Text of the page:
UNI student recounts fleeing civil war

LEZIGA BARIKOR, Campus Life Editor | [email protected]

Try to imagine walking from Cedar Falls to the state of New York. It would be a lengthy journey of approximately 16 days without stopping.

UNI student FourtyTwo Yet need not imagine, for he embarked on a similar journey at age seven when he departed his war-torn village in Sudan to seek asylum in Kenya.

Though turning his back on his home in Sudan was a necessary sacrifice, safety came at a great cost.

“From when I was seven to 26, I haven’t seen my mom,” Yet said. “She’s still in the village.” He is currently 26 years old.

Last Friday, March 1, Yet presented his story as part of the Hot Wings, Hot Topics event he helped to coordinate.

The monthly event invites students and community members to the Center for Multicultural Education (CME) where they can enjoy free wings and learn about controversial topics.

Yet is a senior social work major and an active participant of both the Office of Diversity, Inclusion and Social Justice (DIS) and the UNI Veterans Association (UNIVA).

He helped coordinate this event, which featured two other panelists, Professor Stephen Gaies from the Department of Languages and Literatures, and Assistant Professor Yasemin Sari from the Department of Philosophy and World Religions.

Yet started off the panel by discussing his own experience as a refugee.

“I was one of the Lost Boys,” Yet said.

“The Lost Boys of Sudan” is a term given to the group of more than 20,000 boys displaced or orphaned during the Second Sudanese Civil War, a conflict that began in 1983 and ended in 2005. 

The war claimed the lives of more than 500,000 people, according to UNICEF. “The Lost Boys” were mostly between the ages of seven and 17. They were forced to brave the Sudan wilderness to find refuge from the conflict. Many died during the trip, and the survivors mainly reside in refugee camps located in Kenya, the Sudan and Uganda.

Yet ended up in a Kenyan refugee camp.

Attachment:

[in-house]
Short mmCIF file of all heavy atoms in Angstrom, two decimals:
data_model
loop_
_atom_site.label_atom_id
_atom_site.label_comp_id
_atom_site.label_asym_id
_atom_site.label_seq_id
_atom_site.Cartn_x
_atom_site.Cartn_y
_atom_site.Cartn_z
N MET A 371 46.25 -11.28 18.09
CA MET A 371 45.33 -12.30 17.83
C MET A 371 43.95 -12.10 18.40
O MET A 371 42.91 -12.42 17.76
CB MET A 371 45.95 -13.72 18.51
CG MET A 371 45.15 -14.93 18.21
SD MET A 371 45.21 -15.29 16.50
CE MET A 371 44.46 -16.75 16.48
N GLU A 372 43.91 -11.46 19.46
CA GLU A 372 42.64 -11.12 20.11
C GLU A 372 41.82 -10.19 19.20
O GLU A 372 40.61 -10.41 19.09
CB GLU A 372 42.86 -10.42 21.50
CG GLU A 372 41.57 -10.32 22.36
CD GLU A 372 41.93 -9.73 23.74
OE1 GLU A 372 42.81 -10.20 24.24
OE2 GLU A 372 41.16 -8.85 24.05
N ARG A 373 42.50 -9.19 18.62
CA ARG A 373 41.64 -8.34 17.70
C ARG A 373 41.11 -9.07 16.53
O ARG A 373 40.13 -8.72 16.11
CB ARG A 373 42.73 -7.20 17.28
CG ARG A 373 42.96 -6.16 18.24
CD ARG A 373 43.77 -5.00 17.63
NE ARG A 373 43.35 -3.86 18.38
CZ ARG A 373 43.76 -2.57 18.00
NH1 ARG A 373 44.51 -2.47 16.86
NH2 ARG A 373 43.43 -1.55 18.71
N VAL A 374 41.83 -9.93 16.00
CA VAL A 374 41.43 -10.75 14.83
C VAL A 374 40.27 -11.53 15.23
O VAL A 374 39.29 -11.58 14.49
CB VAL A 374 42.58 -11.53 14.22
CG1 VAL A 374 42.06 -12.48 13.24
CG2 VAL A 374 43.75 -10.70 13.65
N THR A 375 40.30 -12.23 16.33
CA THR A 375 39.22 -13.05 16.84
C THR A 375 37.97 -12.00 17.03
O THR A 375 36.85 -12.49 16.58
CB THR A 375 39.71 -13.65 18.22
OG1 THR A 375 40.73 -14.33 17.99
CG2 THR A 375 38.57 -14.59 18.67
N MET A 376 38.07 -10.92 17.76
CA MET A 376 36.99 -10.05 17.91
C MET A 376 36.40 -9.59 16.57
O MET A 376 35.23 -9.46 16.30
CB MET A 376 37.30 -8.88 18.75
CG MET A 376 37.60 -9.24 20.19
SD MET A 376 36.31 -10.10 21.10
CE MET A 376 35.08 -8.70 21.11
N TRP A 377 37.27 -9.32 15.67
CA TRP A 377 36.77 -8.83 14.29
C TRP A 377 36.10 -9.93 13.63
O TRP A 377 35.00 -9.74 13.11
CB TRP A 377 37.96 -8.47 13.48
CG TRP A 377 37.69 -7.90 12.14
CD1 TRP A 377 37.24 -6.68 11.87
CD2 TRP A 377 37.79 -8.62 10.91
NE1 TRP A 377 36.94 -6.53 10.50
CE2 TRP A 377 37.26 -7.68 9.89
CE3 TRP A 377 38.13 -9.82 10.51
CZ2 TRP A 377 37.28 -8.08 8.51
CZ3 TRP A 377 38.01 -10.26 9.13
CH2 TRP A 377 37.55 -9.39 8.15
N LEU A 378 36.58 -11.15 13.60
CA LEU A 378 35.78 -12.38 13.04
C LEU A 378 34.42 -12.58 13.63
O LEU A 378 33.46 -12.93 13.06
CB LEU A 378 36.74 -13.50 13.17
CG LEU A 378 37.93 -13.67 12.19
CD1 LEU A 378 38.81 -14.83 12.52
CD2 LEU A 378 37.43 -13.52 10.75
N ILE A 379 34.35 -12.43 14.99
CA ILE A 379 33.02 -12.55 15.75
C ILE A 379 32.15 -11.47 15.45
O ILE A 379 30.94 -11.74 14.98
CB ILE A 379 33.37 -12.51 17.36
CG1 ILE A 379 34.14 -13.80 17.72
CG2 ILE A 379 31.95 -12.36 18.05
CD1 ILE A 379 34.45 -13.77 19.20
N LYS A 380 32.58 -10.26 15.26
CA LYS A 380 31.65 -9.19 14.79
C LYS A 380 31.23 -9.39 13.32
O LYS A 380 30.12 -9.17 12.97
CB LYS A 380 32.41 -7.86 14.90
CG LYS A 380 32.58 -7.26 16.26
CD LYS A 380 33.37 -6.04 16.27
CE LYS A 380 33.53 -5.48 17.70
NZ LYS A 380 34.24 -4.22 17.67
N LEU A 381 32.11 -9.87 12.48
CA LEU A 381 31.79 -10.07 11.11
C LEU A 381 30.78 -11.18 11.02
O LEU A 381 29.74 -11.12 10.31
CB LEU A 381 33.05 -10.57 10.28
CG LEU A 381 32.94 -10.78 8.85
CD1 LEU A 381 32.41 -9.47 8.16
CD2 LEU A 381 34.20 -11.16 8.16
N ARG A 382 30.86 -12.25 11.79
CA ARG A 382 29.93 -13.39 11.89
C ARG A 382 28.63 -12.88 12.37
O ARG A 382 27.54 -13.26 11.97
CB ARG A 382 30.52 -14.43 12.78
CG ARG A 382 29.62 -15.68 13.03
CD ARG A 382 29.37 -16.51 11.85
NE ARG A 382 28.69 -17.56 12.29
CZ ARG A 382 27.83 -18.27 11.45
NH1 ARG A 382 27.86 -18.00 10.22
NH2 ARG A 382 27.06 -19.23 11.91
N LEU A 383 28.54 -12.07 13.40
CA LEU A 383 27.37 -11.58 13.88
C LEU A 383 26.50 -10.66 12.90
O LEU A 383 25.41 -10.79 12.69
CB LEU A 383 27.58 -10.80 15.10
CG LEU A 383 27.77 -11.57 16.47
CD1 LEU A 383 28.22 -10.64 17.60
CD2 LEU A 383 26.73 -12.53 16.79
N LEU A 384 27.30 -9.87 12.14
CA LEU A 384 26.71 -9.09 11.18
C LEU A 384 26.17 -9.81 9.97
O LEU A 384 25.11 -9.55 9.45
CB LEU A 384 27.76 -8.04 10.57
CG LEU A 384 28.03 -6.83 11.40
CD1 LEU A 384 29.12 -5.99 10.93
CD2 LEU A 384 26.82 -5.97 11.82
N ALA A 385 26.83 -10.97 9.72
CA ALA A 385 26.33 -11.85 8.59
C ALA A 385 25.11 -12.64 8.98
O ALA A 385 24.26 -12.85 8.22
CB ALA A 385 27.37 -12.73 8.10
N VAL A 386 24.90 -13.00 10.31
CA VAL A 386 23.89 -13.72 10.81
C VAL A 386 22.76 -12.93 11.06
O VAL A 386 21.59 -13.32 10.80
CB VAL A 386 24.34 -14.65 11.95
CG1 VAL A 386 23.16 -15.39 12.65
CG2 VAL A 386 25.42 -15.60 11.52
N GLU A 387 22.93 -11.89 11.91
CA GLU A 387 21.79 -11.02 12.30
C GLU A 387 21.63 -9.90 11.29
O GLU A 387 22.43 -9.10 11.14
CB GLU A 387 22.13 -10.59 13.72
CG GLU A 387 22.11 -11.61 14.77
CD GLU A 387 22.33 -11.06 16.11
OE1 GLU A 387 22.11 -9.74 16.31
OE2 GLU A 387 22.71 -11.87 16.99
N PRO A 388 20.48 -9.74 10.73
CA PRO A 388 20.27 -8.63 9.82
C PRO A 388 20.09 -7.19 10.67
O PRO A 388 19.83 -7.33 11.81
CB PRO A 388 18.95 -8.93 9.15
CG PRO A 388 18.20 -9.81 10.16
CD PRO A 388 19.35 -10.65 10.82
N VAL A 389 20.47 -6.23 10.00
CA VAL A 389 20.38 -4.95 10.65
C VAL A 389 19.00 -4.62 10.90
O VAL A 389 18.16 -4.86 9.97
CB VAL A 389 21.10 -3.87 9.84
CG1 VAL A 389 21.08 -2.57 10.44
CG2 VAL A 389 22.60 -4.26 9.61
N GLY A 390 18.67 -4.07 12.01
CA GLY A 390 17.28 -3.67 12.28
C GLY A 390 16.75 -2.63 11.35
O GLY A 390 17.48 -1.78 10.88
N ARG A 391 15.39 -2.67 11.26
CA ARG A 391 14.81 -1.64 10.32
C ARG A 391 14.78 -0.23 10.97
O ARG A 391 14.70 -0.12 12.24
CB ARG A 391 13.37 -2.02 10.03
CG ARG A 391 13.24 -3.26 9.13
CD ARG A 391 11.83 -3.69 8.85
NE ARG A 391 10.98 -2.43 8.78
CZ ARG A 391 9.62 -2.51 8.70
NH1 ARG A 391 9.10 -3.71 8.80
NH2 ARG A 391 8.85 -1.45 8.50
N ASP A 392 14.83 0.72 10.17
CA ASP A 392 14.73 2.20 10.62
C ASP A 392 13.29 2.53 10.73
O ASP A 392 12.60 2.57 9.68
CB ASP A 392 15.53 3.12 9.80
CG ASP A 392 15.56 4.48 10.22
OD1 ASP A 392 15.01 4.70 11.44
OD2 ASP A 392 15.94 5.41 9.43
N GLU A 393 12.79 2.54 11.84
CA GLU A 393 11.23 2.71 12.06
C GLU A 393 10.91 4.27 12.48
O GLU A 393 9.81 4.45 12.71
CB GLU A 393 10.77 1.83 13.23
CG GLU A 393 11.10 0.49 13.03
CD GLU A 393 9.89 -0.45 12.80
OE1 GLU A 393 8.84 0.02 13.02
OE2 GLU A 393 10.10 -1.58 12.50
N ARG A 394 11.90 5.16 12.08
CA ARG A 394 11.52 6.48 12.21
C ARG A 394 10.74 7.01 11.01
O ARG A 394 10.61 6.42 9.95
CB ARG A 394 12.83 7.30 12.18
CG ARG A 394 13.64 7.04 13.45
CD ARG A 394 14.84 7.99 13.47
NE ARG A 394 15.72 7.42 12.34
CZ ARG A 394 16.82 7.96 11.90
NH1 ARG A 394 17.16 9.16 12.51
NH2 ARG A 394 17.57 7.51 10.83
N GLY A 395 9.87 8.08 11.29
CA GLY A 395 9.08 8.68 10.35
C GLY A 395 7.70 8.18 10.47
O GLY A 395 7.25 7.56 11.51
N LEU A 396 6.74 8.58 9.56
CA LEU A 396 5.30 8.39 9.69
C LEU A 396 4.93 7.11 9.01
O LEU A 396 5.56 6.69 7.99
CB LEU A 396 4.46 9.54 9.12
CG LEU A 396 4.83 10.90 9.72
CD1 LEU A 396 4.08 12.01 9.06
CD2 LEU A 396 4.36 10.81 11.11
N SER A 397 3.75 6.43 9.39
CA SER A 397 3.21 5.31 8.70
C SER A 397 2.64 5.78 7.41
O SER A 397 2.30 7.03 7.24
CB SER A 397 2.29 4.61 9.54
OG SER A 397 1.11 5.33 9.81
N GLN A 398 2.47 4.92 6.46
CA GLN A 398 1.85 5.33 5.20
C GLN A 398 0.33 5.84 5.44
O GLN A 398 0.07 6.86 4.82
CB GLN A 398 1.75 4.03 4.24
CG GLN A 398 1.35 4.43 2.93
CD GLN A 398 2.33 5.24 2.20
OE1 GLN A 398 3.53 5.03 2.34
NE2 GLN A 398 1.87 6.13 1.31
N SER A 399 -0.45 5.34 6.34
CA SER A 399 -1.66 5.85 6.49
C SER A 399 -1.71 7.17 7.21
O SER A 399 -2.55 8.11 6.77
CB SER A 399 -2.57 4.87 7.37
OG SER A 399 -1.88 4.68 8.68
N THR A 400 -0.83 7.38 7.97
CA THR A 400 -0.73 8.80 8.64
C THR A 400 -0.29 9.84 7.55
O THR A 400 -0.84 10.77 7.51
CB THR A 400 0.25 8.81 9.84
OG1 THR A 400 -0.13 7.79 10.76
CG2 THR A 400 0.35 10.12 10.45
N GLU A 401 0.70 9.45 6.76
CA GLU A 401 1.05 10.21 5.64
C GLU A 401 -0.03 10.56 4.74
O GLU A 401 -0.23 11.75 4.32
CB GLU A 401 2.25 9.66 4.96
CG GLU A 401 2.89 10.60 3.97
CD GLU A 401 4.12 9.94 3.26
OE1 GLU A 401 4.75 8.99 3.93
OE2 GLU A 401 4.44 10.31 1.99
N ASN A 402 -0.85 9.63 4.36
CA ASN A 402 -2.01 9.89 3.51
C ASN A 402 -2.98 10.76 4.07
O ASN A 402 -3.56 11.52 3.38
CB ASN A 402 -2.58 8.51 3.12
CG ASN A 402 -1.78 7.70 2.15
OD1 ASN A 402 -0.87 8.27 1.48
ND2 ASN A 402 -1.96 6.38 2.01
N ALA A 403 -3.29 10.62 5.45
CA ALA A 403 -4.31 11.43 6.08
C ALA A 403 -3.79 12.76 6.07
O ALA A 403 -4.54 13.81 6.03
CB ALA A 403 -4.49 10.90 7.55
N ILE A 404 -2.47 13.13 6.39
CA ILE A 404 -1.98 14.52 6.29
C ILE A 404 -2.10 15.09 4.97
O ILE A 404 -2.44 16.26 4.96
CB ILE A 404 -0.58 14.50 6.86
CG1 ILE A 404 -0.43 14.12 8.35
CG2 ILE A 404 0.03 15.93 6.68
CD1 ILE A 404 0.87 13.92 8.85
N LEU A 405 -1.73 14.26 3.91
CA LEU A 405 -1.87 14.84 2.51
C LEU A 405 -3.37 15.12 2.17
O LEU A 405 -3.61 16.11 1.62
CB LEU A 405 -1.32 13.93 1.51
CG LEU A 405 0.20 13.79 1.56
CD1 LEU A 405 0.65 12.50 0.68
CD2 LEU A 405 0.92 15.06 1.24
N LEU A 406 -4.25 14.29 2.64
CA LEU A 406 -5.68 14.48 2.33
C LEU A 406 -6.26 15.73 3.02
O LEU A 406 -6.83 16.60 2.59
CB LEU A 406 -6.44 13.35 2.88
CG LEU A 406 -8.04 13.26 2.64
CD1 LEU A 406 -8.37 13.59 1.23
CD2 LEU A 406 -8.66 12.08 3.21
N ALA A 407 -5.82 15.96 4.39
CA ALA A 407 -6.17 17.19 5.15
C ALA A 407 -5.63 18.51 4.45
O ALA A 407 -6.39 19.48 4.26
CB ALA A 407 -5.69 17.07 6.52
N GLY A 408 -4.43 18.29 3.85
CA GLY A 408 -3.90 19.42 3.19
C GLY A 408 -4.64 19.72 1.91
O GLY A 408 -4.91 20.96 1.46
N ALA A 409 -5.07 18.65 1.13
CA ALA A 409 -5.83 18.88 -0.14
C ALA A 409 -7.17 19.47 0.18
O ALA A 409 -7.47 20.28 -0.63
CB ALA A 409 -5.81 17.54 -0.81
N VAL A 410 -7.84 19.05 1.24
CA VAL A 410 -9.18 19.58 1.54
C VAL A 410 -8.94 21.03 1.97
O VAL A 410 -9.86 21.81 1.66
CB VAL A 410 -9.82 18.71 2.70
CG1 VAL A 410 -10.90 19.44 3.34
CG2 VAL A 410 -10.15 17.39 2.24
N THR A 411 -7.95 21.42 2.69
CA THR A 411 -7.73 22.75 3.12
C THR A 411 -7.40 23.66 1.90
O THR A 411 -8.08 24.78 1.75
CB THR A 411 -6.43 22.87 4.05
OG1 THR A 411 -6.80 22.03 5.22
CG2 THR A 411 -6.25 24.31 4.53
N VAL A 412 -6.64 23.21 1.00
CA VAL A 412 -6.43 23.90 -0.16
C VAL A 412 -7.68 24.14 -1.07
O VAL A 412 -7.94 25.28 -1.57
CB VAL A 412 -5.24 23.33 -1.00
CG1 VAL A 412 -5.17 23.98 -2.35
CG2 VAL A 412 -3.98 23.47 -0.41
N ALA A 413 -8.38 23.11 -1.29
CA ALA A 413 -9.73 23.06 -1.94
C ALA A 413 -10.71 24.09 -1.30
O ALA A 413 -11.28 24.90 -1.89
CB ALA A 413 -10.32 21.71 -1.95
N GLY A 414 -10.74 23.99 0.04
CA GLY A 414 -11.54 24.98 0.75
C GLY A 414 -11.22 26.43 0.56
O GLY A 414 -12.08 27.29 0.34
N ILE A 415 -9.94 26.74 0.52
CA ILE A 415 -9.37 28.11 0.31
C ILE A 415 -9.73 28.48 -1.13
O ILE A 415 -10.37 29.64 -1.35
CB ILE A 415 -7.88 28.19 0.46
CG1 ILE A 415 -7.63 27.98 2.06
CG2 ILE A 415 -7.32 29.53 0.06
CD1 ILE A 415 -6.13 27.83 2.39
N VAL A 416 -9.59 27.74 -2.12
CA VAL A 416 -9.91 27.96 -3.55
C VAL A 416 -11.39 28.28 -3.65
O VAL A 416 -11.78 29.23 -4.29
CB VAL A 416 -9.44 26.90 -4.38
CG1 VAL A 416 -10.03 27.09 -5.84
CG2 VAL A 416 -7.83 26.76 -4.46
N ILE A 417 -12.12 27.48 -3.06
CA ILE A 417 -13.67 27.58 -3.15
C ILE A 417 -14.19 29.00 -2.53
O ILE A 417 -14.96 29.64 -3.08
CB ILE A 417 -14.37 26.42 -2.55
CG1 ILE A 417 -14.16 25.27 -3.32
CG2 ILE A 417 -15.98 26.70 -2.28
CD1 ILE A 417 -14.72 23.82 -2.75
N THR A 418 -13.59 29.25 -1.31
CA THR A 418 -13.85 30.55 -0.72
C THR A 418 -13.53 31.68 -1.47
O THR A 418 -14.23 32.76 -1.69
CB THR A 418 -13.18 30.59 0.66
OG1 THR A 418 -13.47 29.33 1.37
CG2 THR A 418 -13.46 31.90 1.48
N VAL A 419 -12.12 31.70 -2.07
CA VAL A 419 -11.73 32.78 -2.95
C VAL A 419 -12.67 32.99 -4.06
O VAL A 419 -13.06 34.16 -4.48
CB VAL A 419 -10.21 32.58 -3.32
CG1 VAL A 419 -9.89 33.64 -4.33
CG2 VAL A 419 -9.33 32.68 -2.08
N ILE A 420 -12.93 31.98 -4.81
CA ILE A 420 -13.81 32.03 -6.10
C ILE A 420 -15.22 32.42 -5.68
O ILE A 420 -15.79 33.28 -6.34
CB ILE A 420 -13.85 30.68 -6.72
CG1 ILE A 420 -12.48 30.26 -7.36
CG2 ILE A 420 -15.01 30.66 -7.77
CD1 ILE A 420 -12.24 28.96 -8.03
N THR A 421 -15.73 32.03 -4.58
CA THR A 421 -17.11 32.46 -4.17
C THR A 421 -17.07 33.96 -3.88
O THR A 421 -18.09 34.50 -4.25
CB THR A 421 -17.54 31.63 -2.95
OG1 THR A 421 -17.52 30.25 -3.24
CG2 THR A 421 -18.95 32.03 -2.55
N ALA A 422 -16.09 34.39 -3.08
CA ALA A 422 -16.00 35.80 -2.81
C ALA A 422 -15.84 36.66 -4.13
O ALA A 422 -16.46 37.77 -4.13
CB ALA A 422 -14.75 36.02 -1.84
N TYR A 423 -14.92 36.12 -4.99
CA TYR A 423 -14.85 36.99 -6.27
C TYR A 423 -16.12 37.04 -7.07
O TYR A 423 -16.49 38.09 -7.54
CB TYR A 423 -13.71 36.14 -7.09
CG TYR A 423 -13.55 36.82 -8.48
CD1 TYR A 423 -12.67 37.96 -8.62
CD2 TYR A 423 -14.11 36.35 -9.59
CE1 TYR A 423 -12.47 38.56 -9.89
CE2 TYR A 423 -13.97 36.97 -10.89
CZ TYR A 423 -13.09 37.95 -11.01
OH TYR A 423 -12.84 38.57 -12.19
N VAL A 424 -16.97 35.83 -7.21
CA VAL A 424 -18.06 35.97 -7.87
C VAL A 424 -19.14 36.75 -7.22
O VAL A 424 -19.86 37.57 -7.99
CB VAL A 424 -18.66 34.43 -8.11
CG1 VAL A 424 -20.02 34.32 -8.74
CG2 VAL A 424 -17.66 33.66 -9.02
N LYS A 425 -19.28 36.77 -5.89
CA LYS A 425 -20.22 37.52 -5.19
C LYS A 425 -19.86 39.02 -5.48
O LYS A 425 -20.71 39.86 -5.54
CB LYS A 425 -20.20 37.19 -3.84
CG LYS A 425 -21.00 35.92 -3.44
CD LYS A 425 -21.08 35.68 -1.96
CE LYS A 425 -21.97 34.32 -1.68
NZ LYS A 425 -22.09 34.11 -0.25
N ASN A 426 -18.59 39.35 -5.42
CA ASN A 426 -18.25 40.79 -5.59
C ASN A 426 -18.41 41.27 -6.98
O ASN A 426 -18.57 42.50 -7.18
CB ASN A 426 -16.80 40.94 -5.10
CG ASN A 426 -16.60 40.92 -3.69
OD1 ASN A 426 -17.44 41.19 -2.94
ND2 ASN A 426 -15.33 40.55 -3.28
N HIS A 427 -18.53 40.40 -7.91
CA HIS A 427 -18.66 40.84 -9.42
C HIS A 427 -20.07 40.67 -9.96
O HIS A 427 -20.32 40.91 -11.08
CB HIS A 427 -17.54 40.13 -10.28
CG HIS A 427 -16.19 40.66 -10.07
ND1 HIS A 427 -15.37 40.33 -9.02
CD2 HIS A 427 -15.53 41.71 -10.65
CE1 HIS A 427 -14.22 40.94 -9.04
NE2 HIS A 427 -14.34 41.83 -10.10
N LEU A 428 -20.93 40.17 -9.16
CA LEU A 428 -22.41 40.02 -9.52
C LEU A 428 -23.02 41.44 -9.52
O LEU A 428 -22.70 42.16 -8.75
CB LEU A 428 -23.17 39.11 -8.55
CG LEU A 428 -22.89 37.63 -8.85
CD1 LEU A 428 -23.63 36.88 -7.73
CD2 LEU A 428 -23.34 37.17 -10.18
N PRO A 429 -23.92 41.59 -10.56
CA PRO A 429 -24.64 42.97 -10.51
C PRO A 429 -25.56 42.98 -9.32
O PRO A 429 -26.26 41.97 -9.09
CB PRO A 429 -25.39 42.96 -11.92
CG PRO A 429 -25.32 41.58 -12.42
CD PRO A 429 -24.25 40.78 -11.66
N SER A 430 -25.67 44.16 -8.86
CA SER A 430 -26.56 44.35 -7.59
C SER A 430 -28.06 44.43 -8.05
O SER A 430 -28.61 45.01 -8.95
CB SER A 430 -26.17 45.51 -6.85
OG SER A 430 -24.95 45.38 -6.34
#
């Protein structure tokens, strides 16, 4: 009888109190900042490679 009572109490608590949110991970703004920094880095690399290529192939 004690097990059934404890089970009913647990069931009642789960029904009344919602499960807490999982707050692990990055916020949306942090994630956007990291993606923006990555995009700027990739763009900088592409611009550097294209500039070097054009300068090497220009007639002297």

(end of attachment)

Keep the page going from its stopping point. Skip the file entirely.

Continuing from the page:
“The things I was eating, you don’t want to know — you’re eating to survive,” Yet said. “In that situation you have no choice.”

One topic discussed by both Yet and Gaies was the length of time refugees spend in camps. 

According to data presented by Gaies from the UN Refugee Agency (UNHCR), less than one percent of the world’s refugees are actually relocated as of 2017. Gaies said the statistics for 2018 could still take some time to be reported.

From 2016 to 2017, the number of refugees relocated dropped by 50 percent worldwide.

“I came to the United States five years ago from the refugee camp,” Yet said.

Yet explained that he went through a long process of many interviews where he had to wait to find out whether he would be admitted or not. One of the first opportunities he sought when he finally arrived to the U.S. was the ability to go to school.

“The only people I am in contact with are my brothers. I have 12 siblings, six girls and six boys,” Yet said. “Two of them didn’t make it during that war.”

Yet also lost his father during the war. He explained that this is how he got his name.

“I was named for the machine gun when war broke out,” Yet said. “The gun called AK-42 is a machine gun normally used to destroy the [sic] village.”

Yet explained how people would come into villages and hand guns to children and send them into their houses.

“Forty-two is a machine gun,” Yet said again. “That’s the gun that killed my dad.”

Sophomore communication major Patten Tody attended the event, and said it was empowering.

“Today’s topic was really dear to my heart because I’m also a refugee and I came here when I was seven years old in 2006,” Tody said. “For refugees, there’s so much to it that we don’t talk about. […] We don’t talk about how those people became what they are and why they’re in those countries.”

Tody said she appreciated how this event dug deeper into the issues involving refugees and immigration.

“Having this session is really empowering because you get to see the life of other people,” Tody said. “Many people don’t get that chance. So to hear a story like that, because it’s a story similar to mine’s is like, you know there are people like me out there.”

Junior finance major Laura Roman Jimenez said, “I think it was really helpful because a lot of when we think of refugees and when we think of the crisis, we often don’t realize what it entails, and as we saw out there, people thought that the U.S. or other western nations did so much more because we hear that very much inflated in the news and in the media, but when you actually look at the statistics and the facts it’s actually a very abysmal number.”

According to more research done by UNHCR, 86 percent of refugees are hosted in the developing world with the top five countries being Turkey, Pakistan, Lebanon, Iran and Uganda.

Gaies also said the amount of people being let into America  has decreased significantly from 2016 to 2017.

Roman Jimenez also appreciated what presenter Sari had to say about the topic and her idea of “artificial” equality and humanity.

“Discussion is really important and remembering that also these aren’t numbers, these are people,” Jimenez said. “We do have to recognize their humanity, it is important to hear their stories as lucky as we were to hear FourtyTwo’s.”

Yet said he hoped that the event helped people to know that refugees aren’t scary, and can better understand the problems that refugees go through.